For some people, seeing is believing. Unfortunately, industrial complexes related to energy production are often located in remote areas. That is especially true for nuclear plants.
China's High Temperature Reactor - HTR-10
China's High Temperature Reactor (HTR-10) at the Institute of Nuclear Energy Technology (INET) began operating in 2000. Unfortunately, this picture merely shows the outside of the building that houses the 10 Mwe, helium gas cooled pebble bed reactor. The experimental facility will be used to evaluate the technology for several applications including electrical power production and high temperature process heat.
Crystal River 3
One of the more interesting nuclear plant sites is about 30 miles north of our corporate headquarters. The site houses five power plants, Crystal River 1-5. Plants 1 and 2 (foreground) are coal fired stations completed in 1966 and 1969 respectively. Plants 4 and 5 (background with cooling towers) are also coal stations which were completed in 1982 and 1984. Unit 3 (mid picture just to right of centerline), completed in 1977, is the only one that is nuclear powered.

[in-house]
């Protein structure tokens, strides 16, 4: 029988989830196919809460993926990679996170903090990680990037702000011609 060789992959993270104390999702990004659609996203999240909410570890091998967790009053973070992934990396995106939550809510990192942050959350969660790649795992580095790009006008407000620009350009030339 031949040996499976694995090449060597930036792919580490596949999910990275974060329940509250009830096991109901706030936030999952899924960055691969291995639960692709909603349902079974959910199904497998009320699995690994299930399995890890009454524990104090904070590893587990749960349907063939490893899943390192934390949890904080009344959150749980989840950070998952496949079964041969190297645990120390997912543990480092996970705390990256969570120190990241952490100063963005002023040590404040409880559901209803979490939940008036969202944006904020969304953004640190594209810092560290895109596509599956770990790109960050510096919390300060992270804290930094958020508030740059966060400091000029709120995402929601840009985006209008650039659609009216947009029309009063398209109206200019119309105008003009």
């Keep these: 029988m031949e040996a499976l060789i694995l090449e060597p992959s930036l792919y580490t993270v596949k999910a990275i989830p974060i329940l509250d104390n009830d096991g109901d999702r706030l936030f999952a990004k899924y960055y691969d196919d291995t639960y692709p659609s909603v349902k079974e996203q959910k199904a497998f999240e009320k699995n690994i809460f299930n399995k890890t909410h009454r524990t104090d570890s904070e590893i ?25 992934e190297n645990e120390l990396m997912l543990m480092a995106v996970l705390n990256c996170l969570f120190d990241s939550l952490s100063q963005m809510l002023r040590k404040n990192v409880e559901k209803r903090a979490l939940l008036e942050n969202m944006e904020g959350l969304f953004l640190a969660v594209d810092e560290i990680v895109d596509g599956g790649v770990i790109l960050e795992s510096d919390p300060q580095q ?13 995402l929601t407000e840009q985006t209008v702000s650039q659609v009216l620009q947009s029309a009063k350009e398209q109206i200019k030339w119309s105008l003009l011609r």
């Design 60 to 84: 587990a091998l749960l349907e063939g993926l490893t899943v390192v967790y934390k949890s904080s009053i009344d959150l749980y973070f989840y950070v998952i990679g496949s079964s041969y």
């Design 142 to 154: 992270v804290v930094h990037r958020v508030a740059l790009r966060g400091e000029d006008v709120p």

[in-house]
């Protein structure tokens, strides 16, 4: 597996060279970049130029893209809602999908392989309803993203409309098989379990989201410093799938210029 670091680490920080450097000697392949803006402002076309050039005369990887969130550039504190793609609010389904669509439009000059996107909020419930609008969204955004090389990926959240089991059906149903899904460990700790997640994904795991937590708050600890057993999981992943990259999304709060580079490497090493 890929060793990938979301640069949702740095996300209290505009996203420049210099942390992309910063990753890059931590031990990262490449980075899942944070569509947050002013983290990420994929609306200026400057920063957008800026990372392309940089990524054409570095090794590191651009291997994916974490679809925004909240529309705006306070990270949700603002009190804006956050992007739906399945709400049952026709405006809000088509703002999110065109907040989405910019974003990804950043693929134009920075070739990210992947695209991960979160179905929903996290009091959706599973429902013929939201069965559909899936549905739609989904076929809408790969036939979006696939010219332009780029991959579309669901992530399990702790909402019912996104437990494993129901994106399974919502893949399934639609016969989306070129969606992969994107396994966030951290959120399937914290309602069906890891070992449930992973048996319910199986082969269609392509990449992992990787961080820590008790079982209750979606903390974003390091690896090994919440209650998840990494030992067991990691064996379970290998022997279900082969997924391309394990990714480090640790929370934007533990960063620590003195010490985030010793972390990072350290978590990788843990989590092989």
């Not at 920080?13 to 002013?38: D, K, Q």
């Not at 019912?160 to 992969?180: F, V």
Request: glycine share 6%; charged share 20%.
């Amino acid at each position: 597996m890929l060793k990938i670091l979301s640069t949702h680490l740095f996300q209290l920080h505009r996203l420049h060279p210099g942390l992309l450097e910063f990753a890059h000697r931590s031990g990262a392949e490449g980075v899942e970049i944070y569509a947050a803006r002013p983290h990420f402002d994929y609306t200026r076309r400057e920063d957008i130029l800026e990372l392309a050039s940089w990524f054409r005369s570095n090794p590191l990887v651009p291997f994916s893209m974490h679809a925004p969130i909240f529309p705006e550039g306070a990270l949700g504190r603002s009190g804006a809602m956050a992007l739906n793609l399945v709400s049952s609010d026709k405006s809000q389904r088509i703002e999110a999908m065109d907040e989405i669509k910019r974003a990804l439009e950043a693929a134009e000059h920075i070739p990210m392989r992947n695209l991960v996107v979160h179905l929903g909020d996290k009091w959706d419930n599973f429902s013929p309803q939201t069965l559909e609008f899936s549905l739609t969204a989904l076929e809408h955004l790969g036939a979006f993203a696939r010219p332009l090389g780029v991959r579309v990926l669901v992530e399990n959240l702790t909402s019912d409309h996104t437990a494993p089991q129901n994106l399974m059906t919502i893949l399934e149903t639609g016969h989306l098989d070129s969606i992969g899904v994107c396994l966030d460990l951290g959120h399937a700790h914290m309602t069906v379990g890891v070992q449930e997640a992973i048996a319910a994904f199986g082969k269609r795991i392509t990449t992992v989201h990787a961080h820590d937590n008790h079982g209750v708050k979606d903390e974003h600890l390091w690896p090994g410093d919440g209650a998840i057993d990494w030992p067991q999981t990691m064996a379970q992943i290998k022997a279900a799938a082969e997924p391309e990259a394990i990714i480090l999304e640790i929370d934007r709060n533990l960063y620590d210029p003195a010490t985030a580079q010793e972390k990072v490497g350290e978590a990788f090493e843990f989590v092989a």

Diablo Canyon show how little impact a nuclear plant can have. The total plant capacity is over 2000 MW, nearly 2/3's of the total capacity for the entire Crystal River complex.
Of course, the power plant is only part of the story. Power is simply a more useful product made from various raw materials. Take a look back at the Crystal River Energy Complex. Those four coal stations require the consumption of just over 1000 tons of coal per hour at full capacity.
A standard coal car carries between 100 and 130 tons of coal. Supporting that plant requires between 100 and 150 cars per day depending on plant operations. The next picture is intended to give you a feel for the magnitude of that task. Notice that only 14 coal cars are visible in the picture.
Coal handling site near Norfolk, Virginia
We are still looking for a better picture to illustrate how little nuclear fuel is needed to run a power plant. With currently commercial technology, one standard fuel pellet produces as much energy as one ton of coal. 100 of the pellets in the following picture would produce as much energy as one of the train car loads of coal pictured above.
The below picture is a human hand holding 13 fuel pellets, the energy equivalent of about 10 percent of a train car full of coal.
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Last updated July 16, 2001